If you were to go to New York city and decide to open a fish and chips shop in lower Manhattan, and call it “The Osama Bin Laden Best Fish Shop”, you would probably lose your money. Everyone knows that it would offend most of your potential customers. If you were to go to Israel, and open a pork butchery next to a synagogue in an exclusive Jewish area, you could also expect not to make a profit.
Every country has its own set of norms and acceptable behaviour. I could give thousands of additional examples like if a female were to go to a business meeting dressed in a bikini, it may be acceptable on the Australian Gold Coast, but certainly not in Saudi Arabia.
I raise this point because a couple of weeks ago I had a meeting with a large multi-national and the director told me that whenever they enter a new country they go through a process of understanding the new environment. I can’t name the company but let’s call it Giant Multi-national Corporation. They recently invested in Oman (a country in the Middle East) and they produced a policy document called “The Omanisation of Giant Multi-national Corporation”. They do this whenever they enter a new country, so presumably also have a policy called “The Austalianisaton of Giant Multi-national Corporation.” These policy documents covers all aspects of the country – its social norms, to its business norms and everything else in-between.
It’s no wonder that they have a “South Africanisation of Giant Multi-national Corporation” document which covers our own local issues. I was assisting them in understanding the BEE issues that they will face when they do business here. The director accepted what I said without interrupting too much. He understands that each country has its own quirks – his aim is to ensure his company manages those quirks and hurdles to optimise the company’s profits.
I have no doubt that all multi-national companies do similar things. They set out to examine the potential profit they can make in any country and work out what they need to do to live like a good corporate citizen in their new country. Why don’t local companies do the same thing?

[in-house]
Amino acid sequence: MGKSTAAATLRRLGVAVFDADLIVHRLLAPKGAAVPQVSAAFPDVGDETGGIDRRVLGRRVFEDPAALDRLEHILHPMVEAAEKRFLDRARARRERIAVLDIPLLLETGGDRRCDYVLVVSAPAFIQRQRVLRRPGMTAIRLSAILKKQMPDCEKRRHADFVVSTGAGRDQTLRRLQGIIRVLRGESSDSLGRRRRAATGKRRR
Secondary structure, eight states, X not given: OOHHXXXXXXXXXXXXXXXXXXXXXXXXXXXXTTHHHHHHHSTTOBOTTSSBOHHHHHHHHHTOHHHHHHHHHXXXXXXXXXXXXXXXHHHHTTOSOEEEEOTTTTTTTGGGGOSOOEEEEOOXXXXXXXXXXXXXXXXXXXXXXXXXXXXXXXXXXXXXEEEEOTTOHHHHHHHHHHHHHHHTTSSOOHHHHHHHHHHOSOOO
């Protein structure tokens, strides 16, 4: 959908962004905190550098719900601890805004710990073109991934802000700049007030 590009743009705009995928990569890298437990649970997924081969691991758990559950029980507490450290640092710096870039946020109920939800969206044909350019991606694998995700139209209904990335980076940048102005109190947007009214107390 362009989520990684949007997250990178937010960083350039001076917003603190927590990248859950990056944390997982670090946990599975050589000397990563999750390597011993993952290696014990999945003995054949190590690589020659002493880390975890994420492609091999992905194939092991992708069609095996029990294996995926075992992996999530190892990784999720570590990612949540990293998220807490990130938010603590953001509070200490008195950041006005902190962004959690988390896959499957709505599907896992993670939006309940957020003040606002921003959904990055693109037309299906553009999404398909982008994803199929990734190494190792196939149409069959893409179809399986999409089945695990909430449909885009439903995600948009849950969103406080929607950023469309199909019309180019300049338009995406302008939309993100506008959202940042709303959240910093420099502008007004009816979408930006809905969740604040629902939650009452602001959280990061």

I started looking at how smaller South African countries approach BEE. In many cases they put their head in the sand, like the proverbial ostrich. What our own South African companies do not realise is the political and business environment has changed. They live and work inside this country, and maybe have not realised the change that has taken place. I’m not only referring to the BEE act, but all aspects. It is a slow change and from one day to the next nothing seems to change – it’s just like watching the hands of a clock. It does move but you can’t actually see it move.
South African companies are doing themselves a disservice by ignoring the change that is happening. In many cases there is too much emotion around the issue for managers to think clearly.
We had a potential client who runs an air-conditioning repair company call us and ask what is necessary to become “BEE Compliant”. We told him it is a process, firstly of education and then to start changing his business, by making good business decisions to increase his BEE levels. We explained that he can learn most of what he needs in a 4 hours BEE workshop, costing R650.00 and then to be aware of the issues from then on.
His reaction: “I employ 10 people – I’d rather close down than go through this process, and then they will be unemployed”. Looking at it rationally – he is prepared to close down a business (not sell it) to spite someone? Who is going to care? Some other air-conditioning business is going to get more business!
The conclusion is clear. Each business should examine the environment in which they operate just like the Giant Multi-national, and react accordingly.